A new study by the University of Michigan and Cambridge University (UK) suggests that early screening for Type 2 Diabetes could have profound impacts on heart health.
The study, “Early Detection and Treatment of Type 2 Diabetes Reduce Cardiovascular Morbidity and Mortality: A Simulation of the Results of the Anglo-Danish-Dutch Study of Intensive Treatment in People With Screen-Detected Diabetes in Primary Care” appeared in the May issue of the American Diabetes Association journal, Diabetes Cares.
Direct clinical data was taken from the ADDITION-Europe study of diabetes screening and treatment. It was then combined it with a computer model that simulated the progression of diabetes. Their approach revealed a reduced risk of cardiovascular disease in patients who received a screening and treatment when compared to patients who received no screening. In a press release, the University of Michigan explained the results in slightly more detail.
At 10 years after baseline, the simulations predicted that with a delay of 3 years in diagnosis and treatment, 22.4 percent of those with Type 2 diabetes would experience a cardiovascular disease event, such as stroke or heart bypass surgery. This rose to 25.9 percent with a diagnosis delay of six years.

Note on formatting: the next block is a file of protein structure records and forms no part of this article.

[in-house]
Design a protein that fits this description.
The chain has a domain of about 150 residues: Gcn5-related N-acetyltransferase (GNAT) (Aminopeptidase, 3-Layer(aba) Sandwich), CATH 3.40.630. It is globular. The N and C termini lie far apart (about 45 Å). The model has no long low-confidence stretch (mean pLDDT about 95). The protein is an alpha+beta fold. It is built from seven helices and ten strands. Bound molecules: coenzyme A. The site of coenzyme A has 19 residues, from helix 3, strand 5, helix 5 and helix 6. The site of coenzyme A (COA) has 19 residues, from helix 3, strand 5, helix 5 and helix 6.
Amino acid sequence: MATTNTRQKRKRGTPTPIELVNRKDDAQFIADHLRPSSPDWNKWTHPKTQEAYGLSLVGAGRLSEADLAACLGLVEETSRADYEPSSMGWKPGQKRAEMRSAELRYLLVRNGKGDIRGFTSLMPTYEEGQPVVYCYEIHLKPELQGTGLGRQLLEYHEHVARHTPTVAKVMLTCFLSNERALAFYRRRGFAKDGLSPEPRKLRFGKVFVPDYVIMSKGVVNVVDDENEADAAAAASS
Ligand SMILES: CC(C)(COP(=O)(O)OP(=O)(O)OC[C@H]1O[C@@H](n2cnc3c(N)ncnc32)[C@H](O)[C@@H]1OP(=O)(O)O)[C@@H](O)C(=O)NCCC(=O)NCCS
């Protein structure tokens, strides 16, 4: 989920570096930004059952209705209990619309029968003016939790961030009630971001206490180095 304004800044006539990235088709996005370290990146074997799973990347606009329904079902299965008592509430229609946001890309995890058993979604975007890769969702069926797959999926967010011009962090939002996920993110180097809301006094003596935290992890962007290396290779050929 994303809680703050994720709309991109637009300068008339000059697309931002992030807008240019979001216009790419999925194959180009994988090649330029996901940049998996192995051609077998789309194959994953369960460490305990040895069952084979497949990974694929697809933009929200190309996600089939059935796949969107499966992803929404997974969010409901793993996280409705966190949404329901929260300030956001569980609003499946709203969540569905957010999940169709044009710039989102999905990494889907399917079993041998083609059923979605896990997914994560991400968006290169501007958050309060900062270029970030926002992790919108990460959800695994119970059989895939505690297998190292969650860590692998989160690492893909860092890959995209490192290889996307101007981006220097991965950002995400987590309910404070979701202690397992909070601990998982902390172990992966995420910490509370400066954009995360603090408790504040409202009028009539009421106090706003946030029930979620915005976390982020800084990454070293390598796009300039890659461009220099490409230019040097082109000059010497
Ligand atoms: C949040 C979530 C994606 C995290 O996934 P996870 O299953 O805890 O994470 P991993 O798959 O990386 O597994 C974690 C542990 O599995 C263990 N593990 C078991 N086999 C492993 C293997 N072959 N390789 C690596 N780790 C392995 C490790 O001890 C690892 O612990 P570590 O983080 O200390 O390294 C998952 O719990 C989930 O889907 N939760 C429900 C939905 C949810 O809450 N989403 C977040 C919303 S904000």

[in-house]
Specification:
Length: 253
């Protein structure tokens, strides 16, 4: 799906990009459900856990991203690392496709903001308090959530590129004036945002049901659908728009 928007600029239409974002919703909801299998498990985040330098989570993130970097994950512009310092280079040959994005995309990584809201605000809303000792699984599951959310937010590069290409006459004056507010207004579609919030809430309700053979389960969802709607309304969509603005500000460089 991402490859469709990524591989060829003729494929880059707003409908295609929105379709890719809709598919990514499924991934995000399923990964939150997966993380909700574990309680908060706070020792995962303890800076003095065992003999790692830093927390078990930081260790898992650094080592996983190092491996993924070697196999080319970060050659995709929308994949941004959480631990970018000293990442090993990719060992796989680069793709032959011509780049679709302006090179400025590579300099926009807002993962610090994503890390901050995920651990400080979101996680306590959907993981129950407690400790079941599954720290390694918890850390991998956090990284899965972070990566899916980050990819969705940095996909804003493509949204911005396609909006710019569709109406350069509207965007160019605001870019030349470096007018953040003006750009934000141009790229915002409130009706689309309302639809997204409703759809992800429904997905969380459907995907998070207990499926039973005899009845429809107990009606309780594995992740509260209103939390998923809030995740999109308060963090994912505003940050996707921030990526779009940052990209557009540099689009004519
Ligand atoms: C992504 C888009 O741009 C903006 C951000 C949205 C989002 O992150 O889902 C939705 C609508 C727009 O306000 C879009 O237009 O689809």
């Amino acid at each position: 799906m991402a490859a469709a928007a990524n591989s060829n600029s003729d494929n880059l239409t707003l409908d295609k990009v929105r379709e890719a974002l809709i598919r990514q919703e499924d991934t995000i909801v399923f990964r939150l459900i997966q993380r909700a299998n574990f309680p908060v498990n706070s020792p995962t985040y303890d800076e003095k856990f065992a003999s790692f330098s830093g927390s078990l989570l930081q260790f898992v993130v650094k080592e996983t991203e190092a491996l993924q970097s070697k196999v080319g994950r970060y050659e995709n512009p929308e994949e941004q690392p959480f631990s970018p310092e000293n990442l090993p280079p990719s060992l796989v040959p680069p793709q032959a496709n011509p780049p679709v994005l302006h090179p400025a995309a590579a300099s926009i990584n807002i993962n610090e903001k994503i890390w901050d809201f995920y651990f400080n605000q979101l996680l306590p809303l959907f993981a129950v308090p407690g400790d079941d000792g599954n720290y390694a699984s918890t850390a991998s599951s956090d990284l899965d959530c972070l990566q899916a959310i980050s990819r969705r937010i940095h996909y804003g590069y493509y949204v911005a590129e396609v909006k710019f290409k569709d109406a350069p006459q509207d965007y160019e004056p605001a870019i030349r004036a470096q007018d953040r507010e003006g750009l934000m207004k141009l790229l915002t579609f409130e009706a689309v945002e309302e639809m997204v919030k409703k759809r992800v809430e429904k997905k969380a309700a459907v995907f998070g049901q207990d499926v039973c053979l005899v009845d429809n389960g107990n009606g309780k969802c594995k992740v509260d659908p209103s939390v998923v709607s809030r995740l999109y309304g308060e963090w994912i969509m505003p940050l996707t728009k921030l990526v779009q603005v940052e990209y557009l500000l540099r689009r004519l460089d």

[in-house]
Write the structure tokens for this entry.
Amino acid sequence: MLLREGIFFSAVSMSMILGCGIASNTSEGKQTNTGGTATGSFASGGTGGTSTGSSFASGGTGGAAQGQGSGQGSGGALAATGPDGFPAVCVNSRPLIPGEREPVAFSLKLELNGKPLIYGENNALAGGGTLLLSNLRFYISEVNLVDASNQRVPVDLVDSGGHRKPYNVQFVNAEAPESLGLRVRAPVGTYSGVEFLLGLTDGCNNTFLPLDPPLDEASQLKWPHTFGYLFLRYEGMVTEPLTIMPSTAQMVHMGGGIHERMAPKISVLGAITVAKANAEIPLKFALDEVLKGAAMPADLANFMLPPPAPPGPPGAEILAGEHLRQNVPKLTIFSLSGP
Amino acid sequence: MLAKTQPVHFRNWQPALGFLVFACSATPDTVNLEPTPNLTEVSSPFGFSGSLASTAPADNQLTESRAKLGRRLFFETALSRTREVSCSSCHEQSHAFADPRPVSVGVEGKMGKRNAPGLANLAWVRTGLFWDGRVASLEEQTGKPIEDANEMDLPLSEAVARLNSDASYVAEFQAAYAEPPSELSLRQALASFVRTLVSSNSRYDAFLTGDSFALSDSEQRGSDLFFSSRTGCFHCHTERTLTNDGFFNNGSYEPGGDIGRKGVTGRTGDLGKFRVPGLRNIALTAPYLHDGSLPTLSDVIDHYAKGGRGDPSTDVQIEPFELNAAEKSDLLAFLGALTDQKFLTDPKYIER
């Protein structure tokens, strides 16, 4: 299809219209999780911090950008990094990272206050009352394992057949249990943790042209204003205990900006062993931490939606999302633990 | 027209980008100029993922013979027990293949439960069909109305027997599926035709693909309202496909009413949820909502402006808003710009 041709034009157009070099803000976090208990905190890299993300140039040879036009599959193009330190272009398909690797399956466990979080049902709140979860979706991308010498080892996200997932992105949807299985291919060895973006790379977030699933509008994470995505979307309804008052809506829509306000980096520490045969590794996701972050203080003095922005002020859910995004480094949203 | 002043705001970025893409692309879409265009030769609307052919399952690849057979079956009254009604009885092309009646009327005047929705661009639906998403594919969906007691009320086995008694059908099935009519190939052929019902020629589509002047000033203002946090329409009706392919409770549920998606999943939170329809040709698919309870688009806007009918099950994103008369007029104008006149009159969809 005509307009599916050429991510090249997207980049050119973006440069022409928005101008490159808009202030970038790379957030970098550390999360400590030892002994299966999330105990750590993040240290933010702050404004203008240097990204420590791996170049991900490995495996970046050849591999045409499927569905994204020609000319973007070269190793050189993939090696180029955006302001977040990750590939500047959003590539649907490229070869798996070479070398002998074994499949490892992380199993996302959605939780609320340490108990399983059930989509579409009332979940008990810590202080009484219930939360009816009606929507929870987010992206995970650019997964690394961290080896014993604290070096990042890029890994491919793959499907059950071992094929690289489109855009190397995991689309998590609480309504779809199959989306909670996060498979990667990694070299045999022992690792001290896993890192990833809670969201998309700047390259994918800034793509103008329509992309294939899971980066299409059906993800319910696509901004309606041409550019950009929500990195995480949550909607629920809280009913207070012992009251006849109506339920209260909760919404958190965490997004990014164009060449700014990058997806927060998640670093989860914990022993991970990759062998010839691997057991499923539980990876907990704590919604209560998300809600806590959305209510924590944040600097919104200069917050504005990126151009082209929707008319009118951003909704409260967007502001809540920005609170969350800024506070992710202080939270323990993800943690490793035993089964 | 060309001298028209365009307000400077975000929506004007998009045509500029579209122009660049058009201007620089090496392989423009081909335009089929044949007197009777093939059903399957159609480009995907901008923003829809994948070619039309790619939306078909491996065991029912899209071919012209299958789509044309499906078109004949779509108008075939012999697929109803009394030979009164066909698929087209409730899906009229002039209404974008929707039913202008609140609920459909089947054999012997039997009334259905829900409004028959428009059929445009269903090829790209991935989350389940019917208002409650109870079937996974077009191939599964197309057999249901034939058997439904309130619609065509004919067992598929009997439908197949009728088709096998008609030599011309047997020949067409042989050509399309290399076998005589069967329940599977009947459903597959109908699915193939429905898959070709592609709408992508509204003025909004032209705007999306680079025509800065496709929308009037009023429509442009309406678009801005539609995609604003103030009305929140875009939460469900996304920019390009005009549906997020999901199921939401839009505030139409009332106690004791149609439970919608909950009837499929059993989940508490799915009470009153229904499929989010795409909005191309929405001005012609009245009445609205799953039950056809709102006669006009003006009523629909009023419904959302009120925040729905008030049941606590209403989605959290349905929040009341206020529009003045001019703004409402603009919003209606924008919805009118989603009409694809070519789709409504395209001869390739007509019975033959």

However, if screening and routine care had been implemented, the simulation predicted only 18.4 percent would experience a cardiovascular disease event at 10 years after baseline. The simulated incidence of all-cause mortality was 16.4 percent with a delay of three years and 18.2 percent with a delay of six years, compared to 14.6 percent for screening and treatment.
This means that over 10 years, the model predicts that for people with undiagnosed Type 2 diabetes, screening would be associated with a 29 percent reduction in relative risk of a cardiovascular disease event, compared with a delay of six years in diagnosis and treatment.
This amounts to a 7.5 percent reduction in the absolute risk of adverse cardiovascular outcome in this population. The comparable change in all-cause mortality was 20 percent relative risk and 3.6 percent absolute risk reduction.
Dr. William Herman, professor at the University of Michigan Medical School led the research team. For Dr. Herman, the benefits of early screen couldn’t be more clear from both a medical and financial standpoint. “Diabetes can be debilitating for patients and costly for healthcare. This research shows that the early identification of diabetes has major health benefits, and supports the introduction of measures such as screening to reduce the time between development of Type 2 diabetes and its treatment.”